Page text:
Please use this identifier to cite or link to this item: https://doi.org/10.1016/j.celrep.2018.07.075
Title: Proteobacterial Origin of Protein Arginine Methylation and Regulation of Complex I Assembly by MidA
Authors: Shahul Hameed, U.F. 
Sanislav, O.
Lay, S.T.
Annesley, S.J.
Jobichen, C. 
Fisher, P.R.
Swaminathan, K. 
Arold, S.T.
Keywords: complex I assembly
evolution
methylation
phototaxis
post-translational modification
proteobacteria
SAXS
Seahorse respirometry
X-ray crystallography
Issue Date: 2018
Publisher: Elsevier B.V.
Citation: Shahul Hameed, U.F., Sanislav, O., Lay, S.T., Annesley, S.J., Jobichen, C., Fisher, P.R., Swaminathan, K., Arold, S.T. (2018). Proteobacterial Origin of Protein Arginine Methylation and Regulation of Complex I Assembly by MidA. Cell Reports 24 (8) : 1996-2004. ScholarBank@NUS Repository. https://doi.org/10.1016/j.celrep.2018.07.075
Rights: Attribution-NonCommercial-NoDerivatives 4.0 International
Abstract: The human protein arginine methyltransferase NDUFAF7 controls the assembly of the ?1-MDa mitochondrial complex I (CI; the NADH ubiquinone oxidoreductase) by methylating its subunit NDUFS2. We determined crystal structures of MidA, the Dictyostelium ortholog of NDUFAF7. The MidA catalytic core domain resembles other eukaryotic methyltransferases. However, three large core loops assemble into a regulatory domain that is likely to control ligand selection. Binding of MidA to NDUFS2 is weakened by methylation, suggesting a mechanism for methylation-controlled substrate release. Structural and bioinformatic analyses support that MidA and NDUFAF7 and their role in CI assembly are conserved from bacteria to humans, implying that protein methylation already existed in proteobacteria. In vivo studies confirmed the critical role of the MidA methyltransferase activity for CI assembly, growth, and phototaxis of Dictyostelium. Collectively, our data elucidate the origin of protein arginine methylation and its use by MidA/NDUFAF7 to regulate CI assembly. The biological role of protein arginine methyltransferases (PRMTs) outside of the nucleus is poorly understood. Hameed et al. provide structural evidence for a proteobacterial origin of PRMTs. Their work suggests a methylation-controlled substrate release mechanism and reveals that arginine methylation controls complex I assembly, growth, and phototaxis in Dictyostelium. © 2018 The Authors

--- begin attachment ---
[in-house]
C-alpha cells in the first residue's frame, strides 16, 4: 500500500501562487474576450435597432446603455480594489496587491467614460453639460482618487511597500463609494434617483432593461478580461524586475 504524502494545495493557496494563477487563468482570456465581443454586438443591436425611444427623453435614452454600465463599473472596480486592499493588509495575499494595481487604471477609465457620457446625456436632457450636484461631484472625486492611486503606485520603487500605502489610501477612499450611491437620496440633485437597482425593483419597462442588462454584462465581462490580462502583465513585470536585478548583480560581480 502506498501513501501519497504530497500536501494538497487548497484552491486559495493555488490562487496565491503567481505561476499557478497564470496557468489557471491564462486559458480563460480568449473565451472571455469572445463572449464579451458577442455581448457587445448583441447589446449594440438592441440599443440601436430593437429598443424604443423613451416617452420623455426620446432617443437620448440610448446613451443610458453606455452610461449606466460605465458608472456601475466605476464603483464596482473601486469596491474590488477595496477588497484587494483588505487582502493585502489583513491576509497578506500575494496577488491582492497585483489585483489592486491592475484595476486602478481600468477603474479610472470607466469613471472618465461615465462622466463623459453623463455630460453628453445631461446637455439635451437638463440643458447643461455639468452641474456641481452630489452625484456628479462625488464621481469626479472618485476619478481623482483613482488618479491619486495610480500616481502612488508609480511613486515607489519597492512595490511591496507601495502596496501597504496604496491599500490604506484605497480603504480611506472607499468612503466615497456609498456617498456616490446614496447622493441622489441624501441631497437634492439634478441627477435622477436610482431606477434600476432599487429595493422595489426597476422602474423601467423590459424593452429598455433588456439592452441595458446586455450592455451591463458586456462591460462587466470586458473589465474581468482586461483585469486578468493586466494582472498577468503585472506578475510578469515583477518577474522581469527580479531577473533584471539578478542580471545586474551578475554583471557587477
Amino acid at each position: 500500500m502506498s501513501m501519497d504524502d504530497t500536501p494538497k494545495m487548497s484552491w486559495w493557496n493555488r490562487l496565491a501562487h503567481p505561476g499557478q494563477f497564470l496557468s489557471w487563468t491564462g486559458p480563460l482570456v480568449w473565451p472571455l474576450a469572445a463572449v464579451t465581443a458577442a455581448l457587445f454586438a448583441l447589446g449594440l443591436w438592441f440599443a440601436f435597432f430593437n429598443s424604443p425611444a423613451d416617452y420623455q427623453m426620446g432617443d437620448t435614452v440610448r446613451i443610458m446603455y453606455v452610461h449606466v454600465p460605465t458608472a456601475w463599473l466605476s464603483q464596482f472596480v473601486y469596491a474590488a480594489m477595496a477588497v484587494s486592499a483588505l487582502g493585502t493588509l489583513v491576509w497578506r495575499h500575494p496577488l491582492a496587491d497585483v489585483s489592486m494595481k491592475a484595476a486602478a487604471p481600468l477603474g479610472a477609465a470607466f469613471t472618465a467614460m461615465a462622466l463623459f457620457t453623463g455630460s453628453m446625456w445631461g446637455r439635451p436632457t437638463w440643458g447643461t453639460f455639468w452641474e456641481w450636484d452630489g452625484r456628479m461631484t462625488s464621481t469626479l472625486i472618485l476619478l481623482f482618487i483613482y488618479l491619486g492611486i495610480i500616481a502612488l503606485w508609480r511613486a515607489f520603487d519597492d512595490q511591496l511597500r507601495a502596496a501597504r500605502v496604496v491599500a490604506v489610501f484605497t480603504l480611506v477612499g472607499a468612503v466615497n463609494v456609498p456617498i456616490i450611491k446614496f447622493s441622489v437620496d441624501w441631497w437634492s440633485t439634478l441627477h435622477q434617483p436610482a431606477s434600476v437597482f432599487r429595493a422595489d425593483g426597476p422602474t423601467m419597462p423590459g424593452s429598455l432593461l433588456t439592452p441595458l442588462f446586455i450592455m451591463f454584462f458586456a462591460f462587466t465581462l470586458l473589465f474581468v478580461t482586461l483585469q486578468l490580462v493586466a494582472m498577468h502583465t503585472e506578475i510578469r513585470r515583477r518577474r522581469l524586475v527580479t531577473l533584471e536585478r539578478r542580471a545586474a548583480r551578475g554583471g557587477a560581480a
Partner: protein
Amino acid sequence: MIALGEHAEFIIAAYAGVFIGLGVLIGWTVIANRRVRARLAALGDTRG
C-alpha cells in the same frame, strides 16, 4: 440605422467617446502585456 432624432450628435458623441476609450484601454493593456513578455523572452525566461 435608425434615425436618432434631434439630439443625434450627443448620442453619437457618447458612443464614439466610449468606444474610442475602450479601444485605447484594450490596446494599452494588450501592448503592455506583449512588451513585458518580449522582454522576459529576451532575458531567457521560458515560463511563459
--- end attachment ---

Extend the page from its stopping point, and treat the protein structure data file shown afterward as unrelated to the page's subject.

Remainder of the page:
Source Title: Cell Reports
URI: https://scholarbank.nus.edu.sg/handle/10635/209658
ISSN: 2211-1247
DOI: 10.1016/j.celrep.2018.07.075
Rights: Attribution-NonCommercial-NoDerivatives 4.0 International
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